The original Wattbike is approaching its 10th anniversary, and can now be found everywhere from gym floors to British Triathlon’s performance centres. The £2,250 price means it’s commonly used commercially, so the Atom is Wattbike’s attempt to move more into home-training territory. Hence a price closer to that of a high-end smart trainer, although at £1,499 it’s still a considerable investment.
Those who have used a Wattbike Trainer or Pro will find the Atom looks and functions far more like
an actual bike: with magnetically-controlled resistance there are clickable gears, drop bars and TT extensions (the bars can even be swapped out for your own), and a moveable seatpost with Allen key adjustment to move the saddle
back and forth, all built on a solid aluminium frame. The bike comes with flat pedals and toe cages on
the 170mm cranks, but you can remove them and install your own clipless pedals just as you would a normal bike.
The Atom has no screen. Instead there’s a mount to place a tablet or smartphone so you can use it with the Wattbike Hub training app or a third-party app of your choice using Wi-Fi and Bluetooth/ANT+ connectivity. Basically, this is a must as it’s the only way you can see which gear you’re in, among other things, pushing your spend even higher if you don’t already own a tablet or smartphone. Wattbike Hub lacks the entertainment of Zwift and the detail of Trainer Road, but there’s still a tonne of data to analyse and you can use the controls on the underside of the left drop bar to change page. Using the Atom with Zwift, you can’t see the gearing so you can find yourself madly clicking during big efforts while the Atom is readjusting itself. This slight gear delay is something we’d like to see improve with further updates, plus better integration of the Atom on the Zwift platform.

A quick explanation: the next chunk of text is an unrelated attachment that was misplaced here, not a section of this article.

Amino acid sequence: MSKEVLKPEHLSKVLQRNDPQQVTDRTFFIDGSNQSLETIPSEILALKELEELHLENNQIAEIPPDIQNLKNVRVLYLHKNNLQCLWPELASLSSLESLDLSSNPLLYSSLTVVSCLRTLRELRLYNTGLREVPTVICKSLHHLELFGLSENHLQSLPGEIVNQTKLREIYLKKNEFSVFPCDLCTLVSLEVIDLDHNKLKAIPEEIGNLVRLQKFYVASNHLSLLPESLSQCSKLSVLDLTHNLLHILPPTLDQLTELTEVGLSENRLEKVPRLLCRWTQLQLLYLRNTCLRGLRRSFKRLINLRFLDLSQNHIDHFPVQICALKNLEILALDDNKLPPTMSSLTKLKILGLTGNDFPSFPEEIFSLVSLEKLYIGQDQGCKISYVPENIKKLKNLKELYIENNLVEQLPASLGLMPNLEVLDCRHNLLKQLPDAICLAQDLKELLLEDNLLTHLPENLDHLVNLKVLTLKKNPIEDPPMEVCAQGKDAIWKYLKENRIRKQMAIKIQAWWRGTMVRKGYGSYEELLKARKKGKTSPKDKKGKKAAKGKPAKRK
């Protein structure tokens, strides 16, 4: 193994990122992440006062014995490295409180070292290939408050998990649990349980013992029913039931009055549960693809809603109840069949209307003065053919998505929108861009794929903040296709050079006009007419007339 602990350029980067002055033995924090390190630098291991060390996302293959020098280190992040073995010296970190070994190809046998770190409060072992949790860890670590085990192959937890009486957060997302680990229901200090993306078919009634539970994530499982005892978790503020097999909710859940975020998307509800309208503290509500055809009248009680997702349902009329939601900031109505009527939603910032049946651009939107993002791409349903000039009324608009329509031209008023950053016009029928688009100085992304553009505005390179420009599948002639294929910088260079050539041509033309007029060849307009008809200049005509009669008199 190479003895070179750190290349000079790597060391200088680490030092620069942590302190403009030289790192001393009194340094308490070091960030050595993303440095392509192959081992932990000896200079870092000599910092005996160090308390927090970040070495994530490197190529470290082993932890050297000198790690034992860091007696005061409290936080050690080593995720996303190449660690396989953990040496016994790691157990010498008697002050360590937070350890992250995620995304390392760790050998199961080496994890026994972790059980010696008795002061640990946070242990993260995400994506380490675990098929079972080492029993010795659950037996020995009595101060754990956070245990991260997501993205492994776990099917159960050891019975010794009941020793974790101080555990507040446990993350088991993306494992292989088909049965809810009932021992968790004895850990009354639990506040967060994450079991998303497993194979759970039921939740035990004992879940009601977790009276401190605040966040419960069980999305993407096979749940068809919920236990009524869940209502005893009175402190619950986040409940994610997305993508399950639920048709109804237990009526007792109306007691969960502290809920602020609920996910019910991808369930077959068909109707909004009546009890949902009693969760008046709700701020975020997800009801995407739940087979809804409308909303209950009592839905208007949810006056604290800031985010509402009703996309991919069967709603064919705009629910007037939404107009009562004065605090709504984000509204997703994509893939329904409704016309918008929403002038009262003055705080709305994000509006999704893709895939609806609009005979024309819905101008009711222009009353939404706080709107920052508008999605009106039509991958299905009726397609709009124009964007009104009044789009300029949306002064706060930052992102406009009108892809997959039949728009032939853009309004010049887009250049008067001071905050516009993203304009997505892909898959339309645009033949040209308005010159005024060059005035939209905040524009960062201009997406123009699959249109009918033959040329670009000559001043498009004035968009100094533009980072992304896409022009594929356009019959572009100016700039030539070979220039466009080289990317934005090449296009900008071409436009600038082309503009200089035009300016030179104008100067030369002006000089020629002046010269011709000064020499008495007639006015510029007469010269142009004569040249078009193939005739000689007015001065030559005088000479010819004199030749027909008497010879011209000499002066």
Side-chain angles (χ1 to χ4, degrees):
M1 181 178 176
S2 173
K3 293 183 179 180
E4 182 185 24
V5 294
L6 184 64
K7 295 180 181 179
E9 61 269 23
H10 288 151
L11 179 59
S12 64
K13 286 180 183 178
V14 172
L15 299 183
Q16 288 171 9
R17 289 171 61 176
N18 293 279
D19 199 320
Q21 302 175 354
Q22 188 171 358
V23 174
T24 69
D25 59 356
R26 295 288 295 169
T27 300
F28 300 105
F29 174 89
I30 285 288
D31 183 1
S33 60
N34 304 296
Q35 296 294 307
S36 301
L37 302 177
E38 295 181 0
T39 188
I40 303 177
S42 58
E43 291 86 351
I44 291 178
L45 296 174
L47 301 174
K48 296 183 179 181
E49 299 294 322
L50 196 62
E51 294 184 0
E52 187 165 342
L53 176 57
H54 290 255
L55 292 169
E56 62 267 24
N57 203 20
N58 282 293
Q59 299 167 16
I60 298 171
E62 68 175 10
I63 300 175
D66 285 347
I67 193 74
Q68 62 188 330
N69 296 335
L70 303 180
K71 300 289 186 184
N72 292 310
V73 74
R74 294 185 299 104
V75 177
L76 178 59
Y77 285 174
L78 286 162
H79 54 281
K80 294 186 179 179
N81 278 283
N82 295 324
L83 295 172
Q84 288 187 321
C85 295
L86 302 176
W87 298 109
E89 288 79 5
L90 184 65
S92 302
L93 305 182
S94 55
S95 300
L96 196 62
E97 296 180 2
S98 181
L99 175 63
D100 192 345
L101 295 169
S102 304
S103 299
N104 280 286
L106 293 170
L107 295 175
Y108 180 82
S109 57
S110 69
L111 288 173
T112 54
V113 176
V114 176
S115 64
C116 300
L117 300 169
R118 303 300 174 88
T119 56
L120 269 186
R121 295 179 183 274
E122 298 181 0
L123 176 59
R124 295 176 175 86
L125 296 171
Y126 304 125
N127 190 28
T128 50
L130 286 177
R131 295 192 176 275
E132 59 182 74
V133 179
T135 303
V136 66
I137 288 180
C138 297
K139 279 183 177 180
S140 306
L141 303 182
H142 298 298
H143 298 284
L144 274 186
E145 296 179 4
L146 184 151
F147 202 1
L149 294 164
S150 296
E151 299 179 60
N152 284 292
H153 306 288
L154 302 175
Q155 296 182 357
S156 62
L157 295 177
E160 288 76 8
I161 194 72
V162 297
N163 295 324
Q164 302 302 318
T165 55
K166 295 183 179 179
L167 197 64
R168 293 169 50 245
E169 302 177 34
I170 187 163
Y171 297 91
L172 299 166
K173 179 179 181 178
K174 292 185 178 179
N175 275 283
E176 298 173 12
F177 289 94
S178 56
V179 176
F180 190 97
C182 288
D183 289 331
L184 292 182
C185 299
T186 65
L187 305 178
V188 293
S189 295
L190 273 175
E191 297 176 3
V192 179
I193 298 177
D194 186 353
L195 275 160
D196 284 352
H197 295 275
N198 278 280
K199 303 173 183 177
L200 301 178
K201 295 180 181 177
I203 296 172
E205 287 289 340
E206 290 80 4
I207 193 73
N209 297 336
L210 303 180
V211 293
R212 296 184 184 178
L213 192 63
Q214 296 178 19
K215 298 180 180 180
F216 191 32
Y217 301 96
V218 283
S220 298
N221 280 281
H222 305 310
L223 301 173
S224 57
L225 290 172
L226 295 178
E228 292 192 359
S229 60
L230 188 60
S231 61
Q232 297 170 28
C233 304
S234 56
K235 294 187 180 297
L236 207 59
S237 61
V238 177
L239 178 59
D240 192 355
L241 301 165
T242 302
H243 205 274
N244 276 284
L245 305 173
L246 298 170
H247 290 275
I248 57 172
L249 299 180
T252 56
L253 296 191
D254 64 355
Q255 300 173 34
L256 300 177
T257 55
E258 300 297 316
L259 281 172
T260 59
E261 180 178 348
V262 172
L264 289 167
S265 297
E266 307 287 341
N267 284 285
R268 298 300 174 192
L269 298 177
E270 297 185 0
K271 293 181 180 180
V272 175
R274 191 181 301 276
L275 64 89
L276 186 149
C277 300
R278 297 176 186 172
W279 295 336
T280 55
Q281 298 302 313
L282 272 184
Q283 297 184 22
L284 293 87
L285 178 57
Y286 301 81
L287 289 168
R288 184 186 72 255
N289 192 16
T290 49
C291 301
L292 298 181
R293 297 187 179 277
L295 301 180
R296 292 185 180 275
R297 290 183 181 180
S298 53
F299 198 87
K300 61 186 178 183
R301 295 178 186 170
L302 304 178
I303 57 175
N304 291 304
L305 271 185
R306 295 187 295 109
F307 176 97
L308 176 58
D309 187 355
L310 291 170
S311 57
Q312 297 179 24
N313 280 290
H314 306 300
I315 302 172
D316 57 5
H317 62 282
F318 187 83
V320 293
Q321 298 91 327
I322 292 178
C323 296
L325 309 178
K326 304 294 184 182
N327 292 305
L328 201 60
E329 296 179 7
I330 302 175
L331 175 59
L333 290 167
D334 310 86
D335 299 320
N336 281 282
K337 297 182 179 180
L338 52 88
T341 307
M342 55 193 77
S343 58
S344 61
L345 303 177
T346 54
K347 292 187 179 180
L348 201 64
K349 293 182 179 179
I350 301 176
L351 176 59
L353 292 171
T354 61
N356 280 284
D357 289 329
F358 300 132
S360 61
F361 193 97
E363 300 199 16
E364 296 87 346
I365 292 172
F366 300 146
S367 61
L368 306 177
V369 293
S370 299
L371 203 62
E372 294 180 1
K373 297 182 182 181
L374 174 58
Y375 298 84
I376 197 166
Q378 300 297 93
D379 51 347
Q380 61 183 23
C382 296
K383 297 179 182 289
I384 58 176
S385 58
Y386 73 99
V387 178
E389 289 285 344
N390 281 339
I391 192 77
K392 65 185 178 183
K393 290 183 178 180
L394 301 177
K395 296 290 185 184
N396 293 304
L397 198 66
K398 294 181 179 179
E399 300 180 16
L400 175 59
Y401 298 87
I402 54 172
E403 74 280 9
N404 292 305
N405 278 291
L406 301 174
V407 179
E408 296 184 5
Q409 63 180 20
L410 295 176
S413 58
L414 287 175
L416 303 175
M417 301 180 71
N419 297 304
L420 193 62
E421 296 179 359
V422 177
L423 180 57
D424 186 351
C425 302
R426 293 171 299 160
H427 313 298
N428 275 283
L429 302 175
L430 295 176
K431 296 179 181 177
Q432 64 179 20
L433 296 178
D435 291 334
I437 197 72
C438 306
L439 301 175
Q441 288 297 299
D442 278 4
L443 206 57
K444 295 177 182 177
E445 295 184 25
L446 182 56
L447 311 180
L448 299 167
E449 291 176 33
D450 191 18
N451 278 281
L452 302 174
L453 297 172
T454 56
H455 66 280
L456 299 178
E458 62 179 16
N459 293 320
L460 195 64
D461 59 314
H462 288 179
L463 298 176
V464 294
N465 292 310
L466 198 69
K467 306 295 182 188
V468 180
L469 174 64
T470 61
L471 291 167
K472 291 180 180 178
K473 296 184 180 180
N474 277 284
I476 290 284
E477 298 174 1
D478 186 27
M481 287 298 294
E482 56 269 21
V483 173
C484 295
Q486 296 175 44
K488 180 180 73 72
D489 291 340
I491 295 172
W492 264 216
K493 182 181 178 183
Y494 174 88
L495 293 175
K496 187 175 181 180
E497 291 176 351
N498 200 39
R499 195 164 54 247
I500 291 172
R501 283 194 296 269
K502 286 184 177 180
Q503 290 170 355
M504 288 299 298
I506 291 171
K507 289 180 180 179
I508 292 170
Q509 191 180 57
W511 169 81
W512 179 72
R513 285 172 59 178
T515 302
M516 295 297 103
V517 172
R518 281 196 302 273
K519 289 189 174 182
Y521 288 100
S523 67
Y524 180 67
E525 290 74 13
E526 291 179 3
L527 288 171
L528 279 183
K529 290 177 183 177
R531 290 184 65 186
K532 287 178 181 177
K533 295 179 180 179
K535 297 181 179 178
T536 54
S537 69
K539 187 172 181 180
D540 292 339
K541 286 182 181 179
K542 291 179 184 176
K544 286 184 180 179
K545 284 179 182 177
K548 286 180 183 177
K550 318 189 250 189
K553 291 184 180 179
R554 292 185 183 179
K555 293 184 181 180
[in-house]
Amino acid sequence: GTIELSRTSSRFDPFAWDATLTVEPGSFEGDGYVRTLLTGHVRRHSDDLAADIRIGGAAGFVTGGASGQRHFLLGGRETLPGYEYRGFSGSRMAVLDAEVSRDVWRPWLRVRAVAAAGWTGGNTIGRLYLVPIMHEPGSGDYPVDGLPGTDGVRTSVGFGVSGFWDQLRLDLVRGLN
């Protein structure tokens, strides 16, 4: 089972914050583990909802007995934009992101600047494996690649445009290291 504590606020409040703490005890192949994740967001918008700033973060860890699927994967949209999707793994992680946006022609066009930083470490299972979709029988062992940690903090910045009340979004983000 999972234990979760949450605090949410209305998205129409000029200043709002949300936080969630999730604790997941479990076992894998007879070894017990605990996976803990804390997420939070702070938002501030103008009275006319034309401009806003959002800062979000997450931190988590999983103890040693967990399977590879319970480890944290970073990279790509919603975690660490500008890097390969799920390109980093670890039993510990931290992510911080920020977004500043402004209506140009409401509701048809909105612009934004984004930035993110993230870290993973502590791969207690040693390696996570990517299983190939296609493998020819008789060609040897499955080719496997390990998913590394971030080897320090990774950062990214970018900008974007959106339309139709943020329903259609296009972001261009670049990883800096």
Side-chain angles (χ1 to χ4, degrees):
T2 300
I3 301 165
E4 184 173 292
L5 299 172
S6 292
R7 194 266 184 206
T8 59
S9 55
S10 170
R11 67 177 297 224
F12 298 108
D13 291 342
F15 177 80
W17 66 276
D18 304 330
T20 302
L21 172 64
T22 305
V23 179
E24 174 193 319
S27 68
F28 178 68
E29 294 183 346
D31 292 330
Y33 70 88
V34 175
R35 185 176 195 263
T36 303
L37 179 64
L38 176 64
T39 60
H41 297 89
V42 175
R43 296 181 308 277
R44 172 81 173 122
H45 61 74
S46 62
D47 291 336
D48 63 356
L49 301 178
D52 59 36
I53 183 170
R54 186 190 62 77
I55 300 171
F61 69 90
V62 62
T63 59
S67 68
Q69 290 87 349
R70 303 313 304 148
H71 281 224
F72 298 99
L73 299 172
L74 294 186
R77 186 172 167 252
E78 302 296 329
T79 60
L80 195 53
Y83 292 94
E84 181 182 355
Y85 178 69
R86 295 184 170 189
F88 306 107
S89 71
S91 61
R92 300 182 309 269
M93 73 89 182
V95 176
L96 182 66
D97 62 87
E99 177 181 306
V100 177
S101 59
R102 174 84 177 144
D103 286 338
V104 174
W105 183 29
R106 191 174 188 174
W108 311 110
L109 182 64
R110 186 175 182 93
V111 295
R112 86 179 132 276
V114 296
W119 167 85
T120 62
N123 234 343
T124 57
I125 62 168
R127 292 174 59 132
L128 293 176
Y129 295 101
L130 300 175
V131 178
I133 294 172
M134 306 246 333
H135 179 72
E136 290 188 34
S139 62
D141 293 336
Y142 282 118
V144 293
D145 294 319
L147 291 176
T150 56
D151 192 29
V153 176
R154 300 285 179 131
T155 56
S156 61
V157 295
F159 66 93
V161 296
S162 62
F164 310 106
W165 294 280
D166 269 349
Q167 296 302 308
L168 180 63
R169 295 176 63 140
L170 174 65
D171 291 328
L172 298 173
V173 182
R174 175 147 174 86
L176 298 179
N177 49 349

Power accuracy is claimed to be within 2%. After numerous tests and graph-plotting against Favero’s Assioma dual-sided pedals with the same claimed accuracy, the Atom is shown to be consistently reliable, if slightly on the generous side of 2%. Noise levels are adequate, peaking at 71 decibels during an all-out effort, which isn’t nearly as quiet as the Tacx Neo at a claimed 60db, but not audible enough to be annoying from another room.
Overall, then, the Atom is a fine home-training investment with little maintenance needed. And thanks to the easy adjustability, it can become an even better one if multiple people in your household want to use it.
Verdict: Highly capable trainer, but with a couple of issues that need ironing out 80%
This review appeared in the January 2018 (346) issue of 220 Triathlon. You can subscribe to the print magazine here or if you prefer a digital issue or live overseas click here